Today's ride was well.. If I could describe it in one word, it would be defeat. I am so upset right now. We were working dressage, and it was meant to be an easy day; lunging, warm up, do a different dressage pattern, done. But of course not. We were going through the dressage pattern, and it seemed like his brakes became rustier and rustier. By the end up the pattern when we were supposed to halt, I had to shorten and shorten and tighten the reins the get him to stop. It seemed as if I was trying to stop a train. It felt like this in all of the down transitions. Eventually we went onto transition work, like walk stop trot walk, and at a point my hard hands came back and I slammed onto his mouth. I automatically became so mad that I allowed my old terrible habit to come back and the waterworks started. I got myself together and did some walk stop back walk stop-- and went onto getting his bad lead. We got it on the 2nd try, and I wanted him to slow down during it, and he decided to just trot instead of have a controlled canter.. I pushed my heels into him twice, quickly, and his head flew up and he took off.. I followed with a one rein stop and got off to collect my thoughts and to not get mad. I got back on and we did walking and stopping.

    Overall, I felt defeated. It's one of those bad rides where it feels as if you are stuck in a hole. I am starting to dread the show now, just because the dressage. Right now my horse is in crossties, watching me type this.

    Does anyone have any tips on how to get an easy, soft stop and nice downward transitions?
         
        07-09-2013, 10:23 AM
      #54
    Super Moderator
    First off - Stop with the negativity !!!!
    We all have bad days - sometimes a whole run of them. You can't let it get you down.
    Some horses will run away from certain bits - could be that the snaffle might not be working for you.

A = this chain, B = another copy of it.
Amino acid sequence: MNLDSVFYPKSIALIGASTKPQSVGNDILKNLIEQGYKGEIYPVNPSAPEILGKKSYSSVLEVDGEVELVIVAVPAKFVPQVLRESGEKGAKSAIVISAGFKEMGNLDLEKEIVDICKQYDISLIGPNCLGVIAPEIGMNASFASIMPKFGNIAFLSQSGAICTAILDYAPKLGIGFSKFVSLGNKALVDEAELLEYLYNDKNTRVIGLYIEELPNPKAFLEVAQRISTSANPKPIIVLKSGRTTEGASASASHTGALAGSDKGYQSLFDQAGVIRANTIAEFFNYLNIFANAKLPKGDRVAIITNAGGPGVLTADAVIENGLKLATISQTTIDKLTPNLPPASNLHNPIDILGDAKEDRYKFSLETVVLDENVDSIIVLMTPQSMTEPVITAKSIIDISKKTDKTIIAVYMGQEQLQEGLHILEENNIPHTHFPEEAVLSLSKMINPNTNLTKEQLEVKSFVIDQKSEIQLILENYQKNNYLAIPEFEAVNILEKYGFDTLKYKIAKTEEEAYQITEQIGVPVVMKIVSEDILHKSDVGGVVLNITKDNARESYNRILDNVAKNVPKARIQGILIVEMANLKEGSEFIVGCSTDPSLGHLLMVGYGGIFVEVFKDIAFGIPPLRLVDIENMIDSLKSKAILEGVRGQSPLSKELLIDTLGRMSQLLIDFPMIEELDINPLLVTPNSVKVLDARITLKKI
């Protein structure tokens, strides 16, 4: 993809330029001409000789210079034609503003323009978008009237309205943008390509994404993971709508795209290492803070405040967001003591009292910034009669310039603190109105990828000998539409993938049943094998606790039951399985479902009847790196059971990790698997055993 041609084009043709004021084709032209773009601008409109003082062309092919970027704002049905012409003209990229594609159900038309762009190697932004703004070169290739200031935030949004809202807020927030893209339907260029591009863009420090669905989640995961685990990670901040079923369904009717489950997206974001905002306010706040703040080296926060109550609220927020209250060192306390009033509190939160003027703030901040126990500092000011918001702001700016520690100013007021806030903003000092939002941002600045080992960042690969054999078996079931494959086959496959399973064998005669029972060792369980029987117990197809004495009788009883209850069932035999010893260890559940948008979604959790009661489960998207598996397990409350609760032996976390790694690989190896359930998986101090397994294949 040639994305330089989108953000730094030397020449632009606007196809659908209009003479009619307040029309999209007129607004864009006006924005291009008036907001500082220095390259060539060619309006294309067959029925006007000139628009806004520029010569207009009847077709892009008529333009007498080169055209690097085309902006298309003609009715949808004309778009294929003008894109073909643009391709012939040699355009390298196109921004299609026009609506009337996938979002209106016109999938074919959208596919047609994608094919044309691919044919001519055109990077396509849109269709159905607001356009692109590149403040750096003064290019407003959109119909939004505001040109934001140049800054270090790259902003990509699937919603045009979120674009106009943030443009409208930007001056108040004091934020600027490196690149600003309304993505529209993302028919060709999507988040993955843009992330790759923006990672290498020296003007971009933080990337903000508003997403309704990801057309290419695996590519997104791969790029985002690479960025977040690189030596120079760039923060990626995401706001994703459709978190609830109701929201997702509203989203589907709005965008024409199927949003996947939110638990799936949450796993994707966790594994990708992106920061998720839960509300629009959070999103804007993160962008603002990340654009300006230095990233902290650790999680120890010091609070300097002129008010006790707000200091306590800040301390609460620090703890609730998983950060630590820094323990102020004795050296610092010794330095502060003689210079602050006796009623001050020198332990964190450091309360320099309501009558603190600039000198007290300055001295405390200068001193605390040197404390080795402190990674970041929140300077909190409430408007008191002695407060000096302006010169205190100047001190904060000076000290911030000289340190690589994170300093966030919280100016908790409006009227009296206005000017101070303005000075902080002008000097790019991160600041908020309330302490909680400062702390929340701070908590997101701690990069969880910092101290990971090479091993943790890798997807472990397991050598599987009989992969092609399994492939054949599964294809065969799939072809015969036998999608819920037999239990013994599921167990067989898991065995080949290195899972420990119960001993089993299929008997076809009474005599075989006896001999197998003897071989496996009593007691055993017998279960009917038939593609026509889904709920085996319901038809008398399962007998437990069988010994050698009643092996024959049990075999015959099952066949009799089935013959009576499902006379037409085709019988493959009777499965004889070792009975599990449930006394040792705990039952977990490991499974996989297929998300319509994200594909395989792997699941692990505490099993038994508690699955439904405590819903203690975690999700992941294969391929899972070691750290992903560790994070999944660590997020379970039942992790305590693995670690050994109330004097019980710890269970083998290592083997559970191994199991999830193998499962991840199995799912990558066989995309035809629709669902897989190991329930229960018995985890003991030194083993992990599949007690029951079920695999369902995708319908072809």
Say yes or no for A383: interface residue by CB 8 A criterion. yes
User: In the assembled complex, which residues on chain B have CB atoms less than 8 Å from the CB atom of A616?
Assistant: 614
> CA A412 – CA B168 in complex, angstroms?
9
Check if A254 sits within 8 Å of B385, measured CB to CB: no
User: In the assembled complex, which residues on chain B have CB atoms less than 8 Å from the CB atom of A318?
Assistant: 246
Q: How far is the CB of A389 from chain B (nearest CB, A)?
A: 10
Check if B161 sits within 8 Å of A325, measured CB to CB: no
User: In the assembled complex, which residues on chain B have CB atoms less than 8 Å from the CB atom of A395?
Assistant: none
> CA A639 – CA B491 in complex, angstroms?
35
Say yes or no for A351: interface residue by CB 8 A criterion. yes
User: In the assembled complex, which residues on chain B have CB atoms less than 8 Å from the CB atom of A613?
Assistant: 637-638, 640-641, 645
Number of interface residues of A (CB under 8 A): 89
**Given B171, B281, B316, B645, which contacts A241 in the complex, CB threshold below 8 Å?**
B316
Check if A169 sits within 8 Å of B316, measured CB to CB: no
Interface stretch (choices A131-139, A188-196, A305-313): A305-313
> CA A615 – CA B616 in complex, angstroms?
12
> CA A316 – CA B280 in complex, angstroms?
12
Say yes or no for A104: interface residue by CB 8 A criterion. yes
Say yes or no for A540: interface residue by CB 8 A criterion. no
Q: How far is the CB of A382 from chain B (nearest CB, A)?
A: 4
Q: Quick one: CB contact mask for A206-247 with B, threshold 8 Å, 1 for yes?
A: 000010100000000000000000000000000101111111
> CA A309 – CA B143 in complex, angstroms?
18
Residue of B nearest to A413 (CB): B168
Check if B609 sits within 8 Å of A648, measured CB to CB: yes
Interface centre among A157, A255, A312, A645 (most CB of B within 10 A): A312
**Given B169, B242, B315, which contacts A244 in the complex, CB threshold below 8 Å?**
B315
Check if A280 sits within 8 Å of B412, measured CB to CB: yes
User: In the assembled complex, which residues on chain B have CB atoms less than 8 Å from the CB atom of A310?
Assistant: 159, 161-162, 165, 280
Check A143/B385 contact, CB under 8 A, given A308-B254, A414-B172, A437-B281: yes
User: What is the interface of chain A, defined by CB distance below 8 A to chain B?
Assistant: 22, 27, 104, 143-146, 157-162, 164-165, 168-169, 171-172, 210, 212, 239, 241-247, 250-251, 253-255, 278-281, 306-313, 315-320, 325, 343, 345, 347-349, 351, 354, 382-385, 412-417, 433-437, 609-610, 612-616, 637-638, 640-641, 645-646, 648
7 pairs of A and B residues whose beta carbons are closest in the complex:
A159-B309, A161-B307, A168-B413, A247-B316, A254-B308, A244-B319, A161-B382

Our cob Honey will turn any attempt at hanging on to her mouth into a tug of war that she will always win because of her sheer strength. She's very forward going so has to be ridden 'quietly' but you have to ride her on a really light hand or you lose her. When she does get a bit strong I find that 'talking her down' with my voice works better than anything
    Not sure what your cues are for halt so
    Body - relax but sit upright
    Seat - deepen so you feel yourself 'sinking into the horse'
    Legs - On the girth, heels down gently asking the horse to move forwards
    Into
    Hands - light resisting pressure
    The transitions follow a similar pattern - say you want to go from trot to walk
    Shorten you reins just a little bit - you should already have the horse on the bit so its usually enough to just tilt your hands slightly inwards (not like the Incredible Hulk!!!)
    Now where a lot of people go wrong is that as for the halt too - they think that rein pressure is enough but you also need to ride the horse into that resisting hand so you need to apply some light pressure from your calves and as you feel him go down to the walk allow more rein so he can stretch his neck, push his shoulders forward and step under with his back legs
    Have you ever tried riding him in something like a mullen mouth snaffle or maybe a shaped Happy Mouth Mullen mouth snaffle?
         
        07-09-2013, 10:40 AM
      #55
    Yearling
    Quote:
    Originally Posted by jaydee    
    First off - Stop with the negativity !!!!
    We all have bad days - sometimes a whole run of them. You can't let it get you down.
    Some horses will run away from certain bits - could be that the snaffle might not be working for you.
    Our cob Honey will turn any attempt at hanging on to her mouth into a tug of war that she will always win because of her sheer strength. She's very forward going so has to be ridden 'quietly' but you have to ride her on a really light hand or you lose her. When she does get a bit strong I find that 'talking her down' with my voice works better than anything
    Not sure what your cues are for halt so
    Body - relax but sit upright
    Seat - deepen so you feel yourself 'sinking into the horse'
    Legs - On the girth, heels down gently asking the horse to move forwards